When a legal matter arises, most people seek legal representation from a licensed attorney well- versed in the area of law that addresses their problem. But there are no laws against pursuing a matter without an attorney, and not all matters require professional guidance. Here are five reasons you may not even need an attorney:
- You Proceed Pro Per or Pro Se. These latin terms mean that one is advocating on one’s own behalf before a court, rather than being represented by a lawyer. If you feel confident that you can educate yourself about the relevant area of law that concerns you, then you could represent yourself in either civil or criminal court. When proceeding “pro se”, you will be held accountable for adhering to the court procedures and decorum in the applicable jurisdiction. Your tasks will include conducting proper legal analysis, preparing and writing proper legal pleadings and conducting the legal research and discovery necessary to prevail in your matter. You will still be responsible for filing fees, disposition fees, and other items related to handling your matter. If you are not sure what “discovery” involves…look it up! There’s no better time to start your pro se status than the present.
- You Hire a Paralegal. A paralegal is a good person to seek help from if you have a matter that requires a lot of standard forms to complete. For instance, in a bankruptcy or a probate matter, the paralegal is limited to advising their client with filling in the answers to the legal questionnaires. A paralegal is similar to a physician assistant for a doctor. They are trained professionals who are legally limited to perform certain tasks. Like a real estate agent, or financial adviser, a paralegal cannot provide legal advice and can lose their license if they do so.
- Your Matter Could be Heard in Small Claims Court. In a small claims matter, only the actual parties can represent themselves in civil matters. In most jurisdictions, the amount of the controversy is limited and ranges from $2,500 to $5,000 dollars. If you have seen Judge Judy, Okra, Kevin, or Evelyn on T.V., then you already have an idea of the less formal and more simple procedures found in a small claims court, with hopefully much less drama. But the small claims court is a great venue for people to seek redress and receive a binding judgment. When considering the costs and benefits of using an attorney, sometimes it’s best to pursue the maximum amount in a small claims action, even if it doesn’t satisfy the total balance of the amount disputed.
- You Consider Mediation. There is a recent trend in the law known as “alternative dispute resolution”. In an attempt to save on costly litigation, lay people and companies will often go to one attorney for assistance, even though the parties may have opposing interests. While an attorney can represent both sides with proper written disclosures, the parties that I have known to use one attorney, leave unhappy. A more cost-effective alternative is to use a trained mediator. A mediator is usually an attorney who is well versed in the law. They are supposed to be impartial, and depending on what the parties to mediation agree, the mediators opinion can be binding. Even if the parties choose not to have a binding decision, a mediator’s analysis is often a good indication of what outcome one can expect in a court of law.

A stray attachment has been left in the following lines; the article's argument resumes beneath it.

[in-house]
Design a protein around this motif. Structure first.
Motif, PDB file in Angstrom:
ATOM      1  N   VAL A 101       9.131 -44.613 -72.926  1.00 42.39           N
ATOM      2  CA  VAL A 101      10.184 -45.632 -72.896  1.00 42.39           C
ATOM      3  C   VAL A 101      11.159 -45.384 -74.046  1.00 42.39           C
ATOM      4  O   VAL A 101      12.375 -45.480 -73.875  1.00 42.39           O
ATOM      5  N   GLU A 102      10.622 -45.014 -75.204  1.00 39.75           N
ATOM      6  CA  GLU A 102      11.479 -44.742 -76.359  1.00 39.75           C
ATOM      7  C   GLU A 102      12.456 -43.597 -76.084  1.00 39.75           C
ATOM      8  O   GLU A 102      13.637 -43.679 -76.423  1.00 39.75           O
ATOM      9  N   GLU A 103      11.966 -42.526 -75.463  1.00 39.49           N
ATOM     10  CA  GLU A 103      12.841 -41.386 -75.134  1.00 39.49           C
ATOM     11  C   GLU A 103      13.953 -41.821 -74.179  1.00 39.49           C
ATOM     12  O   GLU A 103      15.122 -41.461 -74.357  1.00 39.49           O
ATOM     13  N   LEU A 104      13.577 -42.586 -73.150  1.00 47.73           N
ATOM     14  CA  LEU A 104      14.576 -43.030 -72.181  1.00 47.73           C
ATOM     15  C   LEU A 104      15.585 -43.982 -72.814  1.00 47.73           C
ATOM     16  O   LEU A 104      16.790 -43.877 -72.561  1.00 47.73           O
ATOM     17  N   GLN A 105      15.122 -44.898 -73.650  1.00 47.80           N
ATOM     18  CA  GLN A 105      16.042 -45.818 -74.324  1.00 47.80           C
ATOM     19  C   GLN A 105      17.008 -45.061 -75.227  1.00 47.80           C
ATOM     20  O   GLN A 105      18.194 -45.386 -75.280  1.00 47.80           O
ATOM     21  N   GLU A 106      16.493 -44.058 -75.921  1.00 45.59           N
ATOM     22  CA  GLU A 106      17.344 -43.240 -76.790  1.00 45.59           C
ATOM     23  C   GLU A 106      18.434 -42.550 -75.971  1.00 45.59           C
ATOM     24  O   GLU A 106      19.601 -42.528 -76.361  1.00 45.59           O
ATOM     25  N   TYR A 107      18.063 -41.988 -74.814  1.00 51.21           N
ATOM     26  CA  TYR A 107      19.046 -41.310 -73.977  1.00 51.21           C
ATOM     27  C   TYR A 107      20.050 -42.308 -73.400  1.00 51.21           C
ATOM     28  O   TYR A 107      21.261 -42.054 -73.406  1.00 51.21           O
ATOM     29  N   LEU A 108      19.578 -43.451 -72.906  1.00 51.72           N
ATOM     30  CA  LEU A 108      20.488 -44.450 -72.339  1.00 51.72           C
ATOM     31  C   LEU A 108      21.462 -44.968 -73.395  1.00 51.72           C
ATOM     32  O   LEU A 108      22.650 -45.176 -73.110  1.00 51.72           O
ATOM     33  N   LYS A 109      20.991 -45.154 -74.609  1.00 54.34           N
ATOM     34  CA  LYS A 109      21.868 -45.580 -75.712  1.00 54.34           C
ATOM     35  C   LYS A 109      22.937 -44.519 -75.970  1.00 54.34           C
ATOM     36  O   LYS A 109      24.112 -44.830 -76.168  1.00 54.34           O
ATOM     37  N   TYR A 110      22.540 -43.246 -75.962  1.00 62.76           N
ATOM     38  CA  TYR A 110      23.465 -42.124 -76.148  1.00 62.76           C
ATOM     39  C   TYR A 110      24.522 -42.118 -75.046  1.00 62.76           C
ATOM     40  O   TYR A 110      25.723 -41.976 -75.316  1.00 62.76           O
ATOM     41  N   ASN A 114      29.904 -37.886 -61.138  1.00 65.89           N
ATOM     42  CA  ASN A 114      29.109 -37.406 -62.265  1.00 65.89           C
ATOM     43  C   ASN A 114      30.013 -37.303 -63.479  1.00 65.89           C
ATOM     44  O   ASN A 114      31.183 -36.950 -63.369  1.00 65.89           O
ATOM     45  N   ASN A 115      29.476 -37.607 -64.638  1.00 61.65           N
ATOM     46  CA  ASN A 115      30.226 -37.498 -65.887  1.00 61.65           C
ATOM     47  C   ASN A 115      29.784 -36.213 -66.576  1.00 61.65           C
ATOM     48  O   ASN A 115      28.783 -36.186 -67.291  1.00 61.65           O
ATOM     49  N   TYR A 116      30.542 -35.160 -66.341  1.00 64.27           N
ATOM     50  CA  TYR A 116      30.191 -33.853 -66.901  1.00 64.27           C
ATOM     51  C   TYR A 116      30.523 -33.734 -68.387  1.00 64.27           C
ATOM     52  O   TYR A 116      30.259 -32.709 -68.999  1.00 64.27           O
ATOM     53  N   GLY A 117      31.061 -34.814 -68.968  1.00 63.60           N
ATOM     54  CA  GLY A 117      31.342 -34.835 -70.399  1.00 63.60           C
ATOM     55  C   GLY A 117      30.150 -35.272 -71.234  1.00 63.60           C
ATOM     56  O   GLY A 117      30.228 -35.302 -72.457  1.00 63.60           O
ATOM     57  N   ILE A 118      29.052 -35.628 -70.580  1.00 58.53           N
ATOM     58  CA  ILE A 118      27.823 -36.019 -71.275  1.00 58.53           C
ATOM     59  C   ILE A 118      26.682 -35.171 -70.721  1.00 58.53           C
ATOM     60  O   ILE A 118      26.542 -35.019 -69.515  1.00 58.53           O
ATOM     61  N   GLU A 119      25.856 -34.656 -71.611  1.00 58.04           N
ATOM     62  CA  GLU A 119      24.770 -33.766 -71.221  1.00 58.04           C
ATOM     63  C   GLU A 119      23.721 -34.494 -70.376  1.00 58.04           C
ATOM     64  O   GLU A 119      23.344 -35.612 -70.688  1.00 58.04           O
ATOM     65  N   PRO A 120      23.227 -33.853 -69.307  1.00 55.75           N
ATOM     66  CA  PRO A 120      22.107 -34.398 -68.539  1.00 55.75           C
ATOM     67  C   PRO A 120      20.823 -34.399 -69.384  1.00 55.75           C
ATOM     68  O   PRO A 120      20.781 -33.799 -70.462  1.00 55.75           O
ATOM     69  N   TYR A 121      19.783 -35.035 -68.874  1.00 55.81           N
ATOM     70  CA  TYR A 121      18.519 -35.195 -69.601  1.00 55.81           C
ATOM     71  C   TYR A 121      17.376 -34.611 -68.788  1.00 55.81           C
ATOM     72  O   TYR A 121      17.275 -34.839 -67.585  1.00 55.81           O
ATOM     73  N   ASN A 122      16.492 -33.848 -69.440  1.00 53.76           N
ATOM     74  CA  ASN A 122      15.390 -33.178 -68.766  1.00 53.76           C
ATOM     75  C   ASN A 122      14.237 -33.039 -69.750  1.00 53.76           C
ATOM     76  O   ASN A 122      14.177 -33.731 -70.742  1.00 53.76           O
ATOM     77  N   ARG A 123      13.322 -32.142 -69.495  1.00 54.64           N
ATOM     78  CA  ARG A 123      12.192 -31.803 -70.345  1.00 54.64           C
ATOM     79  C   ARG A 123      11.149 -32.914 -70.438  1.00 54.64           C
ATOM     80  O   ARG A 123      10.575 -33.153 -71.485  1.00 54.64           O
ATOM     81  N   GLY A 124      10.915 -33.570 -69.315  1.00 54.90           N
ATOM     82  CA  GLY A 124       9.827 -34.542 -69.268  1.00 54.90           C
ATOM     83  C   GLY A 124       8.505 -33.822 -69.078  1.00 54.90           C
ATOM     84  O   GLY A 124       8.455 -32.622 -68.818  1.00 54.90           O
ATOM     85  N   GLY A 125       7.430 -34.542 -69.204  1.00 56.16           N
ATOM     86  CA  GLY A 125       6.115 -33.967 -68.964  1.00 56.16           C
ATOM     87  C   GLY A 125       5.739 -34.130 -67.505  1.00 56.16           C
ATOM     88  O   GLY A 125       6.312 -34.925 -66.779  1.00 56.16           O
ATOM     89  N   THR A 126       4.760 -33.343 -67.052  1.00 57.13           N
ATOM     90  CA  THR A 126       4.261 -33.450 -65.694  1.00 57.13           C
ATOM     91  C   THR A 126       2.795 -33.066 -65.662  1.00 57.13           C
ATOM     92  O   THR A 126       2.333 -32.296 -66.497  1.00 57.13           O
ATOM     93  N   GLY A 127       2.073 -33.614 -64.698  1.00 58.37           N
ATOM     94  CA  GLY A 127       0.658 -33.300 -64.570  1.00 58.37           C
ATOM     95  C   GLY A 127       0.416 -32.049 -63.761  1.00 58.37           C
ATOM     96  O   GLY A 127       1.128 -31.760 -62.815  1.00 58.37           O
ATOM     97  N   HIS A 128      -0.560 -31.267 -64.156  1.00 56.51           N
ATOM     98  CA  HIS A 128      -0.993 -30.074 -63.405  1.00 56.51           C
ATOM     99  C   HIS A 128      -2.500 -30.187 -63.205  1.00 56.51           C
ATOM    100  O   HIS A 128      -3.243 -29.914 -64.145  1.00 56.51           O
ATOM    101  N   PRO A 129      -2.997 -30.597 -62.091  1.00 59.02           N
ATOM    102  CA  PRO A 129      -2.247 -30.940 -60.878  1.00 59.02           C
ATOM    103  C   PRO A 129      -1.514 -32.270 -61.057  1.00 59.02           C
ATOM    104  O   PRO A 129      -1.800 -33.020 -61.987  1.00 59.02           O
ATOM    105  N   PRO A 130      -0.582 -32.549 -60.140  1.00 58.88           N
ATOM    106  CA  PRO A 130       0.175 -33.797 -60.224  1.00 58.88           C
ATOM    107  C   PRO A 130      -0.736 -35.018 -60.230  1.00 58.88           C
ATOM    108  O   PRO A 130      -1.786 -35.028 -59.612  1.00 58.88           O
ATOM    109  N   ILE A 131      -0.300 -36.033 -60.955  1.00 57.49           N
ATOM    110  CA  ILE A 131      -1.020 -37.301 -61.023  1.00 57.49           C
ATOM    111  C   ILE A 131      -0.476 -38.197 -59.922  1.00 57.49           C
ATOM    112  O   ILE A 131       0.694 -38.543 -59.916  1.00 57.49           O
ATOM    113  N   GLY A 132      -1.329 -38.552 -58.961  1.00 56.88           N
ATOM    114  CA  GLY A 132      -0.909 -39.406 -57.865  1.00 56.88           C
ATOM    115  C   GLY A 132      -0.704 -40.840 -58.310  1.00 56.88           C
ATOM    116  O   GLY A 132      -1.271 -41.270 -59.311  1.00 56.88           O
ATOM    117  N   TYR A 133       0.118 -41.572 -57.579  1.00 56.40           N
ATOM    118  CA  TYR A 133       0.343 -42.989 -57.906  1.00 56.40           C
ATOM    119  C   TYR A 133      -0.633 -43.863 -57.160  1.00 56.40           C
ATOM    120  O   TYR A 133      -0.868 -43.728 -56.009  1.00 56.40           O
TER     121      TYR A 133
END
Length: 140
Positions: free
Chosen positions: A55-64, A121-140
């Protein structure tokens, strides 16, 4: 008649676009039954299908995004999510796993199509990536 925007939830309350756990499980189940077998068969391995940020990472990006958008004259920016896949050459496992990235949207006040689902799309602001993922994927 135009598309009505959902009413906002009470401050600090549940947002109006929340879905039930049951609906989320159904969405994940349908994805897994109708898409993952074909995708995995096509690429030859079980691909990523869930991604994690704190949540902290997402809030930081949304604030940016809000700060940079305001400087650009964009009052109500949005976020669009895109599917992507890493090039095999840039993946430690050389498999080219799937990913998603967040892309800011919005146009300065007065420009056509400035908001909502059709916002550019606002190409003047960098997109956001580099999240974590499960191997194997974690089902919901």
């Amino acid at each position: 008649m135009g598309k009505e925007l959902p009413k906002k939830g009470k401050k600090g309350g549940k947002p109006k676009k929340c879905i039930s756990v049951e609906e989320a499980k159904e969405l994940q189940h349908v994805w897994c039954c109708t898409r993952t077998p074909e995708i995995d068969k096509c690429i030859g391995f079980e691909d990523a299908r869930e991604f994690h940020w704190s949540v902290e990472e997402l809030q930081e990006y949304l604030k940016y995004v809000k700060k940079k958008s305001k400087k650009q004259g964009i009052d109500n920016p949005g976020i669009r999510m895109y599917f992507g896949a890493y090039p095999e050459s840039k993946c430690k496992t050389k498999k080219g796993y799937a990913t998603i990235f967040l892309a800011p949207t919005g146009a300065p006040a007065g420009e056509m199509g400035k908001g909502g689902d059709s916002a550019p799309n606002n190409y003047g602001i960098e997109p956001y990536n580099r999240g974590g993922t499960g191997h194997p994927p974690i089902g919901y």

- You Have Time and Fortitude. Pursuing or defending a legal matter can be exhausting, both financially and emotionally, and this is usually when one retains an attorney. So consider the best use of your time. Could you be earning more investing your time into your own work instead of taking on larger and less familiar tasks? Do you have the emotional fortitude to withstand professional assaults on the integrity of your position? If you have the time and an iron stomach, then you should consider pursuing your own claim.
Having an attorney is similar to hiring a real estate agent. In a real estate deal, one can sell their own home and save substantially on a sales commission. But the benefit of having a real estate agent is more than just about commission or having someone sticking a sign on your lawn or placing a lock-box on your door. A good agent performs so many administrative tasks behind the scenes. But most importantly, the agent acts as a professional buffer between a buyer and a seller. Not everyone has the emotional constitution to deal with criticism or unhappiness surrounding the sale or purchase of a home. The real estate agent takes on the burden of softening the emotional blows and focusing on all the “working parts” needed to move a deal forward. That is what an attorney does for their clients, but on a higher level of the risk-reward equation.
Conclusion. There are times when using an attorney may not be necessary. But try not to cite “money” as the reason to forgo proper legal representation since there are different types of affordable fee arrangements that attorneys can structure for clients. If you are ever in doubt of your legal rights, absolutely only a licensed attorney (practicing in the area of law that concerns you) can advise you of your legal rights and remedies. Attorneys, like most professionals, can briefly give you time to discuss and assess your matter and advise you accordingly. Only then should the options enumerated above be considered.
About the Author: Since 1990, David Soble has represented lenders, loan servicers, consumers and business owners on residential and commercial real estate, finance and compliance issues. He has been involved in thousands of real estate transactions, being responsible for billions in real estate loan portfolios throughout his career.
Disclaimer: You should not rely or act upon the contents of this article without seeking advice from your own attorney.